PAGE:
Easy to grow, can cope with some shade, summer varieties do well even in colder regions, can provide fruit from July until the first frosts and canes can be productive for 8 to 15 years - why wouldn't you give over at least part of your plot to raspberries. And they offset the sweetness of meringues far better than strawberries to my mind.
The real keys to success with raspberries are to make sure:
- their roots are never waterlogged - like Mary Berry, they don't like a soggy bottom. If your soil does get wet over the winter, grow them on raised beds.
- they are not too exposed, while at the same time ensuring that air can circulate freely around them to avoid fungal problems.
Autmn fruiting varieties make up for their lower tolerance of cold by the fact that, in all but the most exposed loactions, they don't require support. That said, they won't object and it certainly makes them look tidier and makes the fruit easier to pick. Summer varieties, however, will do much better with some form of support. Traditionally, this is two six foot posts at either end of each row, with three lengths of wire stretched tight between them.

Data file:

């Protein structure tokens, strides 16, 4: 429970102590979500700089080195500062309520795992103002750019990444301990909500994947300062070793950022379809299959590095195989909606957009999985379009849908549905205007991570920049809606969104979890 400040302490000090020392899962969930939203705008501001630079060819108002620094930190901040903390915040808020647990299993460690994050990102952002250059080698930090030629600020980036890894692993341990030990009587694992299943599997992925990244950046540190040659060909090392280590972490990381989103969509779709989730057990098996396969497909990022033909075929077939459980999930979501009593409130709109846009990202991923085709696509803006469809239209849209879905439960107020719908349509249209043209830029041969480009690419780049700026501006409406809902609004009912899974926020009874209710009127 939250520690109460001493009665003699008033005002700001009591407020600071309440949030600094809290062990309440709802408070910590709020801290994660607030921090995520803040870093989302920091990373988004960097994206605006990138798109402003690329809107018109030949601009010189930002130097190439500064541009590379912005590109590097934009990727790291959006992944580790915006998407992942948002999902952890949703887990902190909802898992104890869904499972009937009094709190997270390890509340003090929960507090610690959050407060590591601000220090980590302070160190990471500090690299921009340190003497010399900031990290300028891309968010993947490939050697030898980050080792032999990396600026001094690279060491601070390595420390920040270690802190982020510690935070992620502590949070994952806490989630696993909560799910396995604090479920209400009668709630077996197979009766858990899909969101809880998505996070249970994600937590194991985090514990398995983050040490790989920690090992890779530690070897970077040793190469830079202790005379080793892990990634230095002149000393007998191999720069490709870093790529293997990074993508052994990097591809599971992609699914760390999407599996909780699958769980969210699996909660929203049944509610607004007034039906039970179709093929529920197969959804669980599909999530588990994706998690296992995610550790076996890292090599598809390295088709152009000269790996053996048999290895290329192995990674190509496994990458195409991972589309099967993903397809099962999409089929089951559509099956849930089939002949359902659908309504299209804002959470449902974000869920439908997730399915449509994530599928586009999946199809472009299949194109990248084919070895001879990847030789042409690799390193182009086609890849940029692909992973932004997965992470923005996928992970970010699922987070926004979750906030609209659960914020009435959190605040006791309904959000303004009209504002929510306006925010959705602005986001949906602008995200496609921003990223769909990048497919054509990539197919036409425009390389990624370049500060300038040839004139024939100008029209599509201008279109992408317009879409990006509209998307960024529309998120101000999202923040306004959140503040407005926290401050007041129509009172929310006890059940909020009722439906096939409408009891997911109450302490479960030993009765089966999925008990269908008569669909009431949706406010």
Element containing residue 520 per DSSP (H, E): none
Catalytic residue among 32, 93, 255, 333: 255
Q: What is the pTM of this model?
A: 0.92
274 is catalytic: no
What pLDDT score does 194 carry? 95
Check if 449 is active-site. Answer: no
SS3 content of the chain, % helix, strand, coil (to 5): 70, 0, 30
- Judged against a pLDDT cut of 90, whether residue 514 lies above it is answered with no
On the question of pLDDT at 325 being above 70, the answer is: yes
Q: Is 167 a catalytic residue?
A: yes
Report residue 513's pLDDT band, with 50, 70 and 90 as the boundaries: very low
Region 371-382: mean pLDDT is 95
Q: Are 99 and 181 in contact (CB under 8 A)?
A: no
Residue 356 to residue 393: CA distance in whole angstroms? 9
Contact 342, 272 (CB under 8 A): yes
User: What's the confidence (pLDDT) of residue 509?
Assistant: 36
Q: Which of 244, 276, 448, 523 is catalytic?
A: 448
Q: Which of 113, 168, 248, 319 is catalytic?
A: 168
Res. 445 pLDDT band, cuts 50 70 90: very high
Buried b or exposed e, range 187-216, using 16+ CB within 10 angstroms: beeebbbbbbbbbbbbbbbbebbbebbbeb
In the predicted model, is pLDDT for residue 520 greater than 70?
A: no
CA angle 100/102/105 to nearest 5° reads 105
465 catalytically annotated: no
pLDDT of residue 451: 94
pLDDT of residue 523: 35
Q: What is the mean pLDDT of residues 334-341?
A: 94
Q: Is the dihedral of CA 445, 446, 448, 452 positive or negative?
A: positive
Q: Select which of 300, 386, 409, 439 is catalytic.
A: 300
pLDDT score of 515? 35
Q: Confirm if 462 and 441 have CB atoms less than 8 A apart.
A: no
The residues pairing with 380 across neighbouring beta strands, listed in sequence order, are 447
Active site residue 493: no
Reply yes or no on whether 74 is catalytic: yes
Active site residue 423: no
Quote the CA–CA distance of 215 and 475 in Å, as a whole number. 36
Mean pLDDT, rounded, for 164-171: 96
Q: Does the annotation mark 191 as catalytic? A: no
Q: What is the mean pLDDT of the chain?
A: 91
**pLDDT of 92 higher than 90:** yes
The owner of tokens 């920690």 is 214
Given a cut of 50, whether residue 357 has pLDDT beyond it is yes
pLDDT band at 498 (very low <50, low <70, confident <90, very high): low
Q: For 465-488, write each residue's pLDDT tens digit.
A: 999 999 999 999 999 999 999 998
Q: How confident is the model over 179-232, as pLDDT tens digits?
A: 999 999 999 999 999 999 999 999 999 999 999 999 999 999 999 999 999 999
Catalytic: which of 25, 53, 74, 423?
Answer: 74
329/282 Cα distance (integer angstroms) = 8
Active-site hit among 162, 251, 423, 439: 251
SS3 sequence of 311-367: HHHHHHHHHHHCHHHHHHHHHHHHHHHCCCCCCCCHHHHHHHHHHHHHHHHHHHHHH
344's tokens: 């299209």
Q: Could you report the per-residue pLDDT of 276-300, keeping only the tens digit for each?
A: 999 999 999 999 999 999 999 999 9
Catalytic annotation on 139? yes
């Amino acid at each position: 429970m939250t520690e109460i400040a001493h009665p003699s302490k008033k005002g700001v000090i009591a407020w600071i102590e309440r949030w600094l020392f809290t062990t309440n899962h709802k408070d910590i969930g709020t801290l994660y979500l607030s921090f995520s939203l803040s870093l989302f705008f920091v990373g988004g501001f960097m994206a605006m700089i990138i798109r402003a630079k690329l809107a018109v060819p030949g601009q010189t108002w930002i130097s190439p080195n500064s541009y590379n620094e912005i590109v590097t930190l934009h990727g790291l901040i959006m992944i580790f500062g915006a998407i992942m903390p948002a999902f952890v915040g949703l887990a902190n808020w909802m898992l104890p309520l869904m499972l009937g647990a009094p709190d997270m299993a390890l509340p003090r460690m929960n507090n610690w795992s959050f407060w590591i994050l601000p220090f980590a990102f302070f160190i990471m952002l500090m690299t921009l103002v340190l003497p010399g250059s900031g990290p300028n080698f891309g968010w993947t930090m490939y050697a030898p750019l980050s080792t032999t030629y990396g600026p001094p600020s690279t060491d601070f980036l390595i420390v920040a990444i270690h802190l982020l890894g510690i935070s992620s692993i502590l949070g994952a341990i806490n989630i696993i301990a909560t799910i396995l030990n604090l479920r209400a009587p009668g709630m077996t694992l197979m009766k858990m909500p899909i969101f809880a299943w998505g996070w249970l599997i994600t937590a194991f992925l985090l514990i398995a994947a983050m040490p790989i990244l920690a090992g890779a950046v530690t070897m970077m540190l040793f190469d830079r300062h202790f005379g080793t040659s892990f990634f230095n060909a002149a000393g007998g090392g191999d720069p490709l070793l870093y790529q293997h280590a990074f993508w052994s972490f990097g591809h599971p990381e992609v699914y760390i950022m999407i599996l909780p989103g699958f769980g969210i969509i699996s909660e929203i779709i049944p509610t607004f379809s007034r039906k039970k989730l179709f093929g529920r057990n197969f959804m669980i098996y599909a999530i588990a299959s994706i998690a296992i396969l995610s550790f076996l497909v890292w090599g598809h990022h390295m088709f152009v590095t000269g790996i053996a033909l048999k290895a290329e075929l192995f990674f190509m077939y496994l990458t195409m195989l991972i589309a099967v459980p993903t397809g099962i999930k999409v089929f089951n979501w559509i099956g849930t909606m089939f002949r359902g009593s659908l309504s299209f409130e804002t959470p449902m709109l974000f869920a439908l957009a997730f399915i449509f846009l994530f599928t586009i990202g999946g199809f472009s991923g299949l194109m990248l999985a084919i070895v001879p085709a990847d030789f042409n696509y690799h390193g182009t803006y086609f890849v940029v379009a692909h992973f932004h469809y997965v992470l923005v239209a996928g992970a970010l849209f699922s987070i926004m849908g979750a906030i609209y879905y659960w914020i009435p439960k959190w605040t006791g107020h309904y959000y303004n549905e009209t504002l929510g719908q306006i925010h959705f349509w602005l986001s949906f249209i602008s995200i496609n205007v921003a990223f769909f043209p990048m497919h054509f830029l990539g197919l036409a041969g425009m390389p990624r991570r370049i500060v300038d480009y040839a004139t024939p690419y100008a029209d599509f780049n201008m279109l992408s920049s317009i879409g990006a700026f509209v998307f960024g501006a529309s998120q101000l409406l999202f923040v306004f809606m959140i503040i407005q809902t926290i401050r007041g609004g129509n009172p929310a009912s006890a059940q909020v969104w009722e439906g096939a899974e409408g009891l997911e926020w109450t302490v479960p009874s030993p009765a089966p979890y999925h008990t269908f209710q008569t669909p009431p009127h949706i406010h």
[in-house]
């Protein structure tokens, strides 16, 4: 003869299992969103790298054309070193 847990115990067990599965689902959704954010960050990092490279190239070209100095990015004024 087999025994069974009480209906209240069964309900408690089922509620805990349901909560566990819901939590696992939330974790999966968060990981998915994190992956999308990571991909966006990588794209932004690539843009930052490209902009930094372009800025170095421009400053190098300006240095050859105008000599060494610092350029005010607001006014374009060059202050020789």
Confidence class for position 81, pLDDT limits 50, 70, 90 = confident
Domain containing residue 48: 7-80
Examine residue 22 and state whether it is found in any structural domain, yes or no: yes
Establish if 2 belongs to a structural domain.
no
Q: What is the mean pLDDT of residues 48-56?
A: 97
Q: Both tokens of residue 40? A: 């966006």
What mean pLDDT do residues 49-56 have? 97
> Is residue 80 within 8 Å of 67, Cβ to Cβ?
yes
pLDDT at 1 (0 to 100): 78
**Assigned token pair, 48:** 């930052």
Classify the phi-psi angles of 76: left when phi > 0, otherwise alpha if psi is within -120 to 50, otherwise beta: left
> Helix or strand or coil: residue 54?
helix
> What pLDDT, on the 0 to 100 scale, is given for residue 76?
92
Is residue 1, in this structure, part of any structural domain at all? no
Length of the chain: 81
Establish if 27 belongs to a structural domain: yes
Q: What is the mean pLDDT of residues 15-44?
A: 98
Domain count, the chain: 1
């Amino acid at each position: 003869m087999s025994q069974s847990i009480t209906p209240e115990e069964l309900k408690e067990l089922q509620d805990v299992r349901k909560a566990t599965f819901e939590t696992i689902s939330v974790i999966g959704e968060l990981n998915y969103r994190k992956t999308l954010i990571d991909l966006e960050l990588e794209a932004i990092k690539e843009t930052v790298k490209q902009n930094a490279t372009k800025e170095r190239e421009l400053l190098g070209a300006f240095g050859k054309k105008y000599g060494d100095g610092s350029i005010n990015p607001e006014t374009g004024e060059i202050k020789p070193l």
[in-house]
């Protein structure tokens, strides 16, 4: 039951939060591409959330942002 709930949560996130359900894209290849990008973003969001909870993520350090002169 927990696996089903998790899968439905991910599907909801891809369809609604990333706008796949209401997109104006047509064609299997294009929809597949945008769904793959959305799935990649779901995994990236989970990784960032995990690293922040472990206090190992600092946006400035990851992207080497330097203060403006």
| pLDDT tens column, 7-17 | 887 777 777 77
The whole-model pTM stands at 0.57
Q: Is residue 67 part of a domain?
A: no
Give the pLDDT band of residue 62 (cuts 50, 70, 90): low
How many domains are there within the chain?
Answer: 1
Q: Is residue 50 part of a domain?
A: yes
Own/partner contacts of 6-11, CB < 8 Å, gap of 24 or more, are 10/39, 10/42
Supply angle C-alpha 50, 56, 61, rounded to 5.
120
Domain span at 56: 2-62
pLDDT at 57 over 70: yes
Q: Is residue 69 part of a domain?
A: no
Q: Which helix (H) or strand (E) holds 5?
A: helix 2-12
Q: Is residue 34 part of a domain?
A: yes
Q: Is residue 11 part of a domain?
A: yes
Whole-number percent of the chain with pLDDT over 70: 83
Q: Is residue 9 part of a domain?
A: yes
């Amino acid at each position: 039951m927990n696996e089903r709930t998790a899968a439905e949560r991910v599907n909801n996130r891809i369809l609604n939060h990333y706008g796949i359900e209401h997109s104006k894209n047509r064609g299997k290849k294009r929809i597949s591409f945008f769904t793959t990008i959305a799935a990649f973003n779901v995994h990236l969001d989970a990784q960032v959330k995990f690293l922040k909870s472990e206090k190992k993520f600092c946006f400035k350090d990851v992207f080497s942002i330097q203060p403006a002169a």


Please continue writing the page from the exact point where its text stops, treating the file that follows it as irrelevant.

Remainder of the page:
Pruning can cause some confusion but is less complex than it sounds:
- Newly planted, regardless of variety: cut down the 'old' cane to 30cm at planting time and then to just above ground level when the new shoots appear.
- Summer fruiting: cut down all canes which have fruited to just above ground level as soon as fruiting is over. Tie the strongest looking 5-8 unfruited canes to the wires, 10cm or so apart, to bear next year's crop. Cut off any growth over the top wire.
- Autumn fruiting: In late winter/early spring, cut all canes down to just above ground level.
The real trick is remembering which is which!
|pH||4.5 - 7.0|